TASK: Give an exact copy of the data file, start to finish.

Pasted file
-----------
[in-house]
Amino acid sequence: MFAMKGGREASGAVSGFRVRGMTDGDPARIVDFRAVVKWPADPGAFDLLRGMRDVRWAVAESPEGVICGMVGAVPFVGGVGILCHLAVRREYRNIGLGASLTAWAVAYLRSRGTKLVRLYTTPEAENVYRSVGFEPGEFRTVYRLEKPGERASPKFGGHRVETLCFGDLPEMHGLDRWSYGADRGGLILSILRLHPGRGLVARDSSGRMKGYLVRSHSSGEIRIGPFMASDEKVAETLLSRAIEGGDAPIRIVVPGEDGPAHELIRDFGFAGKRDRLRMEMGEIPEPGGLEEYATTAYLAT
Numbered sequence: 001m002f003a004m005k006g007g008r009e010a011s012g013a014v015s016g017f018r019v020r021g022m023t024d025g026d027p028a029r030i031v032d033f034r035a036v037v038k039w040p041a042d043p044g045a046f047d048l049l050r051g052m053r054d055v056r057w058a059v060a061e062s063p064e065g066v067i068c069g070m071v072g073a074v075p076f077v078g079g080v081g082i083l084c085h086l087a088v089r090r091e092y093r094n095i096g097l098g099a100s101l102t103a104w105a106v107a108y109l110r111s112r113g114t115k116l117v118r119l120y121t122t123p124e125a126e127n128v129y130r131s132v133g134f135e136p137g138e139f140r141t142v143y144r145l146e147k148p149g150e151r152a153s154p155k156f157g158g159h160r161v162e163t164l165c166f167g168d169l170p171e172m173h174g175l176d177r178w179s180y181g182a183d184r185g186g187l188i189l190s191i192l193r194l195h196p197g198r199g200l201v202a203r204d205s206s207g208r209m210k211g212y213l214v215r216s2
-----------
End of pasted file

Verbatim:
[in-house]
Amino acid sequence: MFAMKGGREASGAVSGFRVRGMTDGDPARIVDFRAVVKWPADPGAFDLLRGMRDVRWAVAESPEGVICGMVGAVPFVGGVGILCHLAVRREYRNIGLGASLTAWAVAYLRSRGTKLVRLYTTPEAENVYRSVGFEPGEFRTVYRLEKPGERASPKFGGHRVETLCFGDLPEMHGLDRWSYGADRGGLILSILRLHPGRGLVARDSSGRMKGYLVRSHSSGEIRIGPFMASDEKVAETLLSRAIEGGDAPIRIVVPGEDGPAHELIRDFGFAGKRDRLRMEMGEIPEPGGLEEYATTAYLAT
Numbered sequence: 001m002f003a004m005k006g007g008r009e010a011s012g013a014v015s016g017f018r019v020r021g022m023t024d025g026d027p028a029r030i031v032d033f034r035a036v037v038k039w040p041a042d043p044g045a046f047d048l049l050r051g052m053r054d055v056r057w058a059v060a061e062s063p064e065g066v067i068c069g070m071v072g073a074v075p076f077v078g079g080v081g082i083l084c085h086l087a088v089r090r091e092y093r094n095i096g097l098g099a100s101l102t103a104w105a106v107a108y109l110r111s112r113g114t115k116l117v118r119l120y121t122t123p124e125a126e127n128v129y130r131s132v133g134f135e136p137g138e139f140r141t142v143y144r145l146e147k148p149g150e151r152a153s154p155k156f157g158g159h160r161v162e163t164l165c166f167g168d169l170p171e172m173h174g175l176d177r178w179s180y181g182a183d184r185g186g187l188i189l190s191i192l193r194l195h196p197g198r199g200l201v202a203r204d205s206s207g208r209m210k211g212y213l214v215r216s2